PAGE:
Former Deputy Secretary of the U.S. Treasury Department Endorses Modern Monetary Theory (MMT)

By Stephanie Kelton

Three months ago, Frank Newman sent me a book entitled Freedom From National Debt.  I finally got around to reading it — all 89 pages.  It’s a little book, packed with evidence that America is being held back by incorrect assumptions and misguided fears about the national debt and government finance in general. Here’s the takeaway:

America has convinced itself that it can no longer afford many of the productive things that it has done so well over its history. Infrastructure repair, jobs programs, military modernization, tax reduction…have all been stifled because of this fear.

Like the proponents of MMT, Mr. Newman is frustrated by the pervasiveness of these falsehoods and their devastating effects on our social and economic well-being.  He sees what we see, the potential for a vastly more prosperous, more stable, and more secure America that is being kept out of reach through the adoption of economic policies that were designed for a country whose currency was still tied to gold.

He draws many of the same “unconventional conclusions” reached by proponents of MMT:

  • Saving cannot generate productive business Investment; it’s the other way around: Investment generates Saving.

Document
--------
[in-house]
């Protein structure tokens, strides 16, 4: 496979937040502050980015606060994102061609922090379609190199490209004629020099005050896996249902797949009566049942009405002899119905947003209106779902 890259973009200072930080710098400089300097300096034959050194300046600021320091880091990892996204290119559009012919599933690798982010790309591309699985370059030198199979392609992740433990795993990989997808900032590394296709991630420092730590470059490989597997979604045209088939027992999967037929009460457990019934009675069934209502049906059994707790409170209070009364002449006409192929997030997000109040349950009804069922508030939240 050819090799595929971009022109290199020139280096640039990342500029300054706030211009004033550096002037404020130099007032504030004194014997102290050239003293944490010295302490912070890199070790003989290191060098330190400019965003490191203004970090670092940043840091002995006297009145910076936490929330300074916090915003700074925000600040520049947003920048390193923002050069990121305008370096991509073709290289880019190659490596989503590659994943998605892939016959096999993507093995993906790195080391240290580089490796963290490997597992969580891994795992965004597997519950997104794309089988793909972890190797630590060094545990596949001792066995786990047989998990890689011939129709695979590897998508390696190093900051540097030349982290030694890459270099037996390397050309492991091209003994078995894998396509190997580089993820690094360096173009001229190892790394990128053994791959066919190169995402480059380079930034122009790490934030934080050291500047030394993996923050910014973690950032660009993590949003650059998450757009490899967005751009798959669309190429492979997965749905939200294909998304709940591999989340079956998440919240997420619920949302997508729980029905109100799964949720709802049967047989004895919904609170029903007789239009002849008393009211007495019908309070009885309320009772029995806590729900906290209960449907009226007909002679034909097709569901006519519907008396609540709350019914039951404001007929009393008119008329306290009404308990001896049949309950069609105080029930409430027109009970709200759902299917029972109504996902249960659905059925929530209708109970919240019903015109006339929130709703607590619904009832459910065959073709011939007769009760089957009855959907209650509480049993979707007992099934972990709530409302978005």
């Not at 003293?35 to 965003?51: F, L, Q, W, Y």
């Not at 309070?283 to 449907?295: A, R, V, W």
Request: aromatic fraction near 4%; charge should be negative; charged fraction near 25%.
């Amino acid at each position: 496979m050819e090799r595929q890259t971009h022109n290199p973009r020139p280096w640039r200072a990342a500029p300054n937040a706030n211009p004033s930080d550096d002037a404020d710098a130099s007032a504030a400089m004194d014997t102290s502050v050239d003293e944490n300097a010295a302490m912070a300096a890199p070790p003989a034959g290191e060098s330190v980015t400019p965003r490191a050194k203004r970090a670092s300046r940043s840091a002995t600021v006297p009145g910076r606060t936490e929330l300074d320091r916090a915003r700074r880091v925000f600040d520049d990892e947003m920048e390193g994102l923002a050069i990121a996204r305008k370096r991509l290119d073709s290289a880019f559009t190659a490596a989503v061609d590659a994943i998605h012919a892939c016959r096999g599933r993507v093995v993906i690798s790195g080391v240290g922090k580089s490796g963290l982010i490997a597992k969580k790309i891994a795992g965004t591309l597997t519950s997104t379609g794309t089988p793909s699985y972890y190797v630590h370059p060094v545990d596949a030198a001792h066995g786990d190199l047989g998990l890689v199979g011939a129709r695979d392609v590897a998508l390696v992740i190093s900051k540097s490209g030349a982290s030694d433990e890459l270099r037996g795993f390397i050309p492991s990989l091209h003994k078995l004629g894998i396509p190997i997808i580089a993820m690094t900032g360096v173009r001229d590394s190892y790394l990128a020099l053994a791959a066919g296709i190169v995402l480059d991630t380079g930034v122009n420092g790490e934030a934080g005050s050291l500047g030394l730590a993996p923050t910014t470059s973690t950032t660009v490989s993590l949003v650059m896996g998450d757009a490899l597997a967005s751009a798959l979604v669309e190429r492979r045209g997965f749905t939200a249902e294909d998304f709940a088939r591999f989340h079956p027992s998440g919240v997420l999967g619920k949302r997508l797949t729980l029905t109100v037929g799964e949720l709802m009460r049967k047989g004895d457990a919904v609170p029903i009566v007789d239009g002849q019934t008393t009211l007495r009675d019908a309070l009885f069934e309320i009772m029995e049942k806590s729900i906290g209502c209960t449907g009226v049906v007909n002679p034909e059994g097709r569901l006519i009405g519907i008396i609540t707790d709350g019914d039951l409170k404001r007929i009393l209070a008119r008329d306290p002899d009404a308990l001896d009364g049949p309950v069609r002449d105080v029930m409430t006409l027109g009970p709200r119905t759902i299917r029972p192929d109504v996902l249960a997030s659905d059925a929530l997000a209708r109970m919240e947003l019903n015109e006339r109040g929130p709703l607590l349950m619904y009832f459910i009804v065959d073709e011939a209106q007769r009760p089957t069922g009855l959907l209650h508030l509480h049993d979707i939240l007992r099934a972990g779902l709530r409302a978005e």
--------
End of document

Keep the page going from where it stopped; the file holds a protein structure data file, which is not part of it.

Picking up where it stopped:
• Deficits do not reduce national Saving or Investment
  • Issuance of Treasury securities (deficit financing) cannot “use up” equivalent amounts of funds intended for private-sector use.

He recognizes that this runs counter to the conventional wisdom, but he insists that these truths simply follow from an accurate portrayal of “how the system actually works.”  And he should know.  He served as Deputy Secretary of the U.S. Treasury. Prior to that, he was Vice Chairman of the Board and CFO of BankAmerica Corporation, and Executive Vice President and CFO of Wells Fargo Bank.

So when Mr. Newman writes, “This author recommends Mr. Mosler’s book, as well as various writings by academic proponents of ‘Modern Monetary Theory’,” it really means something.



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